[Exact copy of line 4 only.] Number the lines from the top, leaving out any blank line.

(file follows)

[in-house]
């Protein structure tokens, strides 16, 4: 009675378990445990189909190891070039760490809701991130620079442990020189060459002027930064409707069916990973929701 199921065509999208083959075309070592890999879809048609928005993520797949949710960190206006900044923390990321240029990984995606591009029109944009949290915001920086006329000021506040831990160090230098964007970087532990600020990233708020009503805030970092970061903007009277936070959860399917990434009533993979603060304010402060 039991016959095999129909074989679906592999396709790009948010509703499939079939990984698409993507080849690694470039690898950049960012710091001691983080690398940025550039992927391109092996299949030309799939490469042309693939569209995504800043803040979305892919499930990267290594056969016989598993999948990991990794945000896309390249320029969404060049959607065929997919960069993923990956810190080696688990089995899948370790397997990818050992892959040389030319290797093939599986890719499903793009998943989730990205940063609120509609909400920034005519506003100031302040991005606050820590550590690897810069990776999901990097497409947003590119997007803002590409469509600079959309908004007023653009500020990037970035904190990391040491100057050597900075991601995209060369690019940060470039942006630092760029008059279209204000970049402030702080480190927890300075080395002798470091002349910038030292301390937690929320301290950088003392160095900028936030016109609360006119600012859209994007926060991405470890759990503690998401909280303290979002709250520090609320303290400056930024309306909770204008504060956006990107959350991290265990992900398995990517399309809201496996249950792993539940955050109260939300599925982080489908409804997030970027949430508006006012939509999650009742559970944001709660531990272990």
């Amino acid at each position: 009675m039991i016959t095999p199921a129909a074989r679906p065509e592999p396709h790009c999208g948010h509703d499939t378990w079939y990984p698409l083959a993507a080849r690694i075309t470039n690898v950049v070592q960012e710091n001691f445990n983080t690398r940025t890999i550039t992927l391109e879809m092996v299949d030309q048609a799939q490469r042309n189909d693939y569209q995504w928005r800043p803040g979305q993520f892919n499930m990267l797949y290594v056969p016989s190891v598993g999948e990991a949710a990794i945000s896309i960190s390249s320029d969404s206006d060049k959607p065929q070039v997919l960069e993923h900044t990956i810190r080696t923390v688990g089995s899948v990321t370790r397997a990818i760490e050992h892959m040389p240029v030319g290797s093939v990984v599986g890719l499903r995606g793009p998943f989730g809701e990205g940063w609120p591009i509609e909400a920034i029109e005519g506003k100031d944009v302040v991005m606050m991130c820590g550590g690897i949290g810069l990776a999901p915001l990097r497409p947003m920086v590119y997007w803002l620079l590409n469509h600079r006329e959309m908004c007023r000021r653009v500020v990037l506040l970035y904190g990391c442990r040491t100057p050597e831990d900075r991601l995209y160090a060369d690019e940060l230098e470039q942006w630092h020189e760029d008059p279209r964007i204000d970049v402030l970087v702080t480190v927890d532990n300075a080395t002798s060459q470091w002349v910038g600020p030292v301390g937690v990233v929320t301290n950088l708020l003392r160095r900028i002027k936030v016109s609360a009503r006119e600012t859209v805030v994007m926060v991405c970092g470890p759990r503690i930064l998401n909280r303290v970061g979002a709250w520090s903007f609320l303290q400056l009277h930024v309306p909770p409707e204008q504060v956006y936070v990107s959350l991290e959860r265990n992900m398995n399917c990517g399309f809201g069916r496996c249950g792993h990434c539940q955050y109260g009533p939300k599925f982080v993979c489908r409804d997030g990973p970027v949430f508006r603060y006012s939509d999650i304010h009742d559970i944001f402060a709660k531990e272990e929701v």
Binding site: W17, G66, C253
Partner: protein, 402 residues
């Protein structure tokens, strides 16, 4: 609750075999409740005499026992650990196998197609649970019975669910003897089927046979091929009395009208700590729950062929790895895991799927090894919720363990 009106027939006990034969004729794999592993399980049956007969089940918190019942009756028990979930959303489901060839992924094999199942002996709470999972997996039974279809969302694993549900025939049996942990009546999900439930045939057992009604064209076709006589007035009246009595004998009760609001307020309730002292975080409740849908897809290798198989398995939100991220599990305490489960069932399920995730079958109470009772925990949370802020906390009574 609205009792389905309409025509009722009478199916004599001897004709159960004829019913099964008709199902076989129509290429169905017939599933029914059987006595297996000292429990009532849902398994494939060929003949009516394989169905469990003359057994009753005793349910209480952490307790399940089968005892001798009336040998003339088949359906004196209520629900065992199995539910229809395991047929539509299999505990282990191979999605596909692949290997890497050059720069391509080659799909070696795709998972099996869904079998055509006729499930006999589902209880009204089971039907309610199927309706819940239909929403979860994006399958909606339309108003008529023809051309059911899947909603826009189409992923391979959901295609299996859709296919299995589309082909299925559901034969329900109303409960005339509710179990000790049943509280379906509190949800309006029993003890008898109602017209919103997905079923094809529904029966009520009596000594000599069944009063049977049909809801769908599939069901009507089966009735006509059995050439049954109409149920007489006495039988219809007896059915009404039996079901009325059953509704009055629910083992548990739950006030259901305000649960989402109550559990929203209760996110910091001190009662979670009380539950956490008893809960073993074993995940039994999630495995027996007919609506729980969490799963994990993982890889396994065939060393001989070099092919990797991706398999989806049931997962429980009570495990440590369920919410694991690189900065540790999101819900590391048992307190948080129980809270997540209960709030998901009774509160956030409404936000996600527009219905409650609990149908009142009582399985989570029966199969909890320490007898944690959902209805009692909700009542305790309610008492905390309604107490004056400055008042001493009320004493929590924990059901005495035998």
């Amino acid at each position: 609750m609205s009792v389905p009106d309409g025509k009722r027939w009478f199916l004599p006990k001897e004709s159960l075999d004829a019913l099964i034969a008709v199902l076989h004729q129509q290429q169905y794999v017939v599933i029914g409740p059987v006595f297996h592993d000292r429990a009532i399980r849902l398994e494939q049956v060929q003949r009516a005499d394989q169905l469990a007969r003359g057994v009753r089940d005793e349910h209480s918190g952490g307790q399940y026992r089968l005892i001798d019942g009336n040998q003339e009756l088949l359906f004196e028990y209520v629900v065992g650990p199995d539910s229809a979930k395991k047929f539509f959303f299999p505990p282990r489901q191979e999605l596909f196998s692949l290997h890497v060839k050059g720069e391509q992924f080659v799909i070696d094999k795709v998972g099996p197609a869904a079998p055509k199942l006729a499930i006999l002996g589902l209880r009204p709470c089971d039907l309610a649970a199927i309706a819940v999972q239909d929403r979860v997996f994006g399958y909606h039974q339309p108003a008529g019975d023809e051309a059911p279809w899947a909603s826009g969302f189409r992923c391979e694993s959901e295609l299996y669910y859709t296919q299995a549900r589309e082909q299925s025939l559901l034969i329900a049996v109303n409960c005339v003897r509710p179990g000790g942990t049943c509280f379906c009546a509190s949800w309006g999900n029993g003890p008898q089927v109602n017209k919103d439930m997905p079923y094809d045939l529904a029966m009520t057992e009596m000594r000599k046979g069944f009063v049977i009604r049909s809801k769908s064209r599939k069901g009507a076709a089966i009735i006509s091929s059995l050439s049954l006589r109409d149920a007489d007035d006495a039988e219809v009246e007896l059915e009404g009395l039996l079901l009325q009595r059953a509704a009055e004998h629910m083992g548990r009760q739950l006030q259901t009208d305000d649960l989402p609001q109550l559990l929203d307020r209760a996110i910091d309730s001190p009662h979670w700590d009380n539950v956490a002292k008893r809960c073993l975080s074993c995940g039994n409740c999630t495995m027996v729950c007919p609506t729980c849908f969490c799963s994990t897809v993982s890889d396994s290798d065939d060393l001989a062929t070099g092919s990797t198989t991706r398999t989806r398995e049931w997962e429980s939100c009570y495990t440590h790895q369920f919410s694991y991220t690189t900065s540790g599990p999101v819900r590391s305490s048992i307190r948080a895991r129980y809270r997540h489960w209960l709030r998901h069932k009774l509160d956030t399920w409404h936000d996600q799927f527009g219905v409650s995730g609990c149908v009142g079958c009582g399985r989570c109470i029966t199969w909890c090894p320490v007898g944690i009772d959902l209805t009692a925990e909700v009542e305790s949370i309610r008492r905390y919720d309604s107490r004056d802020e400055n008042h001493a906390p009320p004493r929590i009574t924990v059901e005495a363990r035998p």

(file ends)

Binding site: W17, G66, C253